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Polytheism - General Overview
Polytheism is the belief in and worship of many gods. Typically, these gods are distinguished by particular functions, and often take on human characteristics. This was particularly true in ancient Greece and Rome. In other polytheistic cultures such as ancient Egypt, gods take on the form and characteristics of objects found in nature, including trees, sacred herbs, cattle, animals and animal--human hybrids.

The belief in multiple gods is probably the result of an earlier belief in vaguely defined spirits, demons and other supernatural forces. These belief systems are similar to animism, ancestor worship and totemism. However, in polytheism, these supernatural forces are personified and organized into a cosmic family. This "family" becomes the nucleus of a particular culture's belief system. The family of gods was used to explain natural phenomena and to establish a culture's role in the universe. Typically, the number of gods would expand as the culture's belief system developed, eventually resulting in a hierarchical system of deities. Over time, the lesser gods would diminish in stature or vanish altogether.

Polytheism - Ancient World
Polytheism was wide spread in the ancient world. The Egyptians had a highly developed belief system that was based on multiple gods. These gods were the cornerstone of Egyptian culture and still fascinate us today. The ancient Greeks also had an intricate system of myths based on multiple deities. The Greek gods often took on human forms and personalities, and in many cases, directly interfered with human activities. When the Roman Empire conquered the Greeks, the Romans assimilated much of the Greek polytheistic culture. Over time, as Rome's influence spread, it absorbed other gods from the other cultures that it conquered. In addition to Egypt, Greece and Rome, polytheism was widespread in ancient Asian, African, European and Native American cultures.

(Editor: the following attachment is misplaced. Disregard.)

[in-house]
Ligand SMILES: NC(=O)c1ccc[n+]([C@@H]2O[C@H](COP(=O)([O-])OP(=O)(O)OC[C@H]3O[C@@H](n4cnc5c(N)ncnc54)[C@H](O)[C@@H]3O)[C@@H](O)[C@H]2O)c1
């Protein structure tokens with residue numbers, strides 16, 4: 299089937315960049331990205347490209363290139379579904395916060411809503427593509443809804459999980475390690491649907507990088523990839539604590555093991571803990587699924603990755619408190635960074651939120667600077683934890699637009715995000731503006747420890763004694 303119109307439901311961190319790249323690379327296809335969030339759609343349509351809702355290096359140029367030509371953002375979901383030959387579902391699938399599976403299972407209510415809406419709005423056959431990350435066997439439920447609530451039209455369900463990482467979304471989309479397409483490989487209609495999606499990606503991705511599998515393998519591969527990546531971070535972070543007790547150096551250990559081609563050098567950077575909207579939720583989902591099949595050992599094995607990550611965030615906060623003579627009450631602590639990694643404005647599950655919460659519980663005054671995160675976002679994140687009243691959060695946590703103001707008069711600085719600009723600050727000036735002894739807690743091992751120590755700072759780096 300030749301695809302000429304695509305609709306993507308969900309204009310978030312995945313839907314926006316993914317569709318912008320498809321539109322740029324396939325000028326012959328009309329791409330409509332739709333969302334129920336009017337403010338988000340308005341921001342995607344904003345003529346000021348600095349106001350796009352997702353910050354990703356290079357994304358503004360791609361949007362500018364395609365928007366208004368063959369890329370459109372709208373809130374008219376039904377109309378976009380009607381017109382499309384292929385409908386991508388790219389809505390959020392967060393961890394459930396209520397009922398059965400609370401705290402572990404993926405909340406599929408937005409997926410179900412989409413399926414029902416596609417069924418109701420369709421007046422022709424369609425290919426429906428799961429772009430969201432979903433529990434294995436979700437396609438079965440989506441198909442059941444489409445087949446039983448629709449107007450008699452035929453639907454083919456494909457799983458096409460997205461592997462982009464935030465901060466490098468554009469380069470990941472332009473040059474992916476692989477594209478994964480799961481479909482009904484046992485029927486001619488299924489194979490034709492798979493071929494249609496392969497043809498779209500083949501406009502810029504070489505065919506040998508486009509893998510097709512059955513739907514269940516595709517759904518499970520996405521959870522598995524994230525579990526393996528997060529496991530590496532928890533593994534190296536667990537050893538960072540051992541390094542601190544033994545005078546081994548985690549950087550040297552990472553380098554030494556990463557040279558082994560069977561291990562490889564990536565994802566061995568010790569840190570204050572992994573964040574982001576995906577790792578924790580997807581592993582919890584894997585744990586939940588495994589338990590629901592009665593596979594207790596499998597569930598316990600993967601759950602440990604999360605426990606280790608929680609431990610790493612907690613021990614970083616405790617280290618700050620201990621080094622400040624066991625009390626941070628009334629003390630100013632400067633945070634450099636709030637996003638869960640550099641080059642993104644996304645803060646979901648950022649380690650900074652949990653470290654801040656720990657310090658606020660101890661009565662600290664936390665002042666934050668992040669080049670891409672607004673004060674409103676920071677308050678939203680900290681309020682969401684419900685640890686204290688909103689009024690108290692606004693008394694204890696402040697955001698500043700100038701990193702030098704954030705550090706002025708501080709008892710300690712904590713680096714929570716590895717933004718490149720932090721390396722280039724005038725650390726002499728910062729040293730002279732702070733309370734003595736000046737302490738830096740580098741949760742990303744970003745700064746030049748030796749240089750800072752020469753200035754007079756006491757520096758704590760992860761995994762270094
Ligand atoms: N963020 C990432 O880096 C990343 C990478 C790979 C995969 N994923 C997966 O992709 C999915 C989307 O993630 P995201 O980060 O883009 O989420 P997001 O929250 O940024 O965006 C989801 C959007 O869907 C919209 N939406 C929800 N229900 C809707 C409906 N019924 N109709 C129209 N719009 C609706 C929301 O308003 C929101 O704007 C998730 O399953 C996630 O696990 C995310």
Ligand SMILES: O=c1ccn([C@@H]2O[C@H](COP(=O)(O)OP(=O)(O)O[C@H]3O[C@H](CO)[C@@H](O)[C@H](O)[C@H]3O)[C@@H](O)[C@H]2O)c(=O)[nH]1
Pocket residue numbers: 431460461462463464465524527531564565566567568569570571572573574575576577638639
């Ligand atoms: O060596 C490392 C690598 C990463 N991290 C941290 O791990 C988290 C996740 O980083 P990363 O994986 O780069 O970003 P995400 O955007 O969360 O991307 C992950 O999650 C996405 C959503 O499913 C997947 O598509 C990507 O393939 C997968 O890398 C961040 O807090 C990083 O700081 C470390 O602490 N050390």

Polytheism - Modern World
Polytheism still represents much of the world today. Except for the monotheistic (belief in one God) religions of Christianity, Judaism and Islam, most of the world's religions are overwhelmingly polytheistic. Polytheism characterizes the beliefs of Hinduism, Mahayana Buddhism, Confucianism, Taoism and Shintoism in the East, and also contemporary tribal religions in Africa and the Americas. These religions are widely practiced throughout the world and remain very popular in their ancestral areas.

Some polytheistic beliefs are also popular in today's Western Civilization. This appears to be a result of increased immigration of Eastern cultures and the mainstream popularity of New Age pluralism. Unlike Christian, Jewish and Islamic doctrine, there is rarely an absolute truth associated with polytheistic thinking. Ideas of morality (notions of right and wrong) are relative to the individual or culture. Each believer is free to worship the god of his or her choice in the manner of his or her liking. As a result, each person is free to behave as he or she sees fit. Although polytheistic systems provide flexibility and a relativistic lack of accountability, they often leave followers with no sense of ultimate purpose and no prospect for eternal hope. Monotheistic faiths such as Christianity teach that absolute truth is reality, mankind is on earth for a purpose, and eternal salvation is possible for those seeking a reconciled relationship with the one true God.

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